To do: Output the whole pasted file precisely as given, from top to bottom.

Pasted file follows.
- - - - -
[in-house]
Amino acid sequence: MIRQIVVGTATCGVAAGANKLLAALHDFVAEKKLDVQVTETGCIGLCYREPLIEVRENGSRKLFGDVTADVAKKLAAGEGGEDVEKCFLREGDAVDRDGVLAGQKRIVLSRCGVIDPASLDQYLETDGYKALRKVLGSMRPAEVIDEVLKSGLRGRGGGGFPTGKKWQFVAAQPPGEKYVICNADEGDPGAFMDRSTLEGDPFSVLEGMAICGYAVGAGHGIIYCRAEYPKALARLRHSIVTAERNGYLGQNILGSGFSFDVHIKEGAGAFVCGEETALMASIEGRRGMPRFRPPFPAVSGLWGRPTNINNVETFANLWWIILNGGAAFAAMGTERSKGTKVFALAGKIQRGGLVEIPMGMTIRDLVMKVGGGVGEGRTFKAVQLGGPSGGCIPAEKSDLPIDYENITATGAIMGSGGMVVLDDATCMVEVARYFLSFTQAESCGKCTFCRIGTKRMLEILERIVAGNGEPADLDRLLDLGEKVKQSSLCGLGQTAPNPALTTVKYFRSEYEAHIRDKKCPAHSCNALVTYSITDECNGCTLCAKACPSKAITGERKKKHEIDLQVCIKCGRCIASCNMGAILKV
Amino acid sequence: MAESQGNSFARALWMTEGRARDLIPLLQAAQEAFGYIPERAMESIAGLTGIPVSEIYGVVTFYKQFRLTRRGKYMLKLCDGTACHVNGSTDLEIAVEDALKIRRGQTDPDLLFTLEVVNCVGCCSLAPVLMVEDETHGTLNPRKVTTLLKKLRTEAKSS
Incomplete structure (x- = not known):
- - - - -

[in-house]
Amino acid sequence: MIRQIVVGTATCGVAAGANKLLAALHDFVAEKKLDVQVTETGCIGLCYREPLIEVRENGSRKLFGDVTADVAKKLAAGEGGEDVEKCFLREGDAVDRDGVLAGQKRIVLSRCGVIDPASLDQYLETDGYKALRKVLGSMRPAEVIDEVLKSGLRGRGGGGFPTGKKWQFVAAQPPGEKYVICNADEGDPGAFMDRSTLEGDPFSVLEGMAICGYAVGAGHGIIYCRAEYPKALARLRHSIVTAERNGYLGQNILGSGFSFDVHIKEGAGAFVCGEETALMASIEGRRGMPRFRPPFPAVSGLWGRPTNINNVETFANLWWIILNGGAAFAAMGTERSKGTKVFALAGKIQRGGLVEIPMGMTIRDLVMKVGGGVGEGRTFKAVQLGGPSGGCIPAEKSDLPIDYENITATGAIMGSGGMVVLDDATCMVEVARYFLSFTQAESCGKCTFCRIGTKRMLEILERIVAGNGEPADLDRLLDLGEKVKQSSLCGLGQTAPNPALTTVKYFRSEYEAHIRDKKCPAHSCNALVTYSITDECNGCTLCAKACPSKAITGERKKKHEIDLQVCIKCGRCIASCNMGAILKV
Amino acid sequence: MAESQGNSFARALWMTEGRARDLIPLLQAAQEAFGYIPERAMESIAGLTGIPVSEIYGVVTFYKQFRLTRRGKYMLKLCDGTACHVNGSTDLEIAVEDALKIRRGQTDPDLLFTLEVVNCVGCCSLAPVLMVEDETHGTLNPRKVTTLLKKLRTEAKSS
Incomplete structure (x- = not known):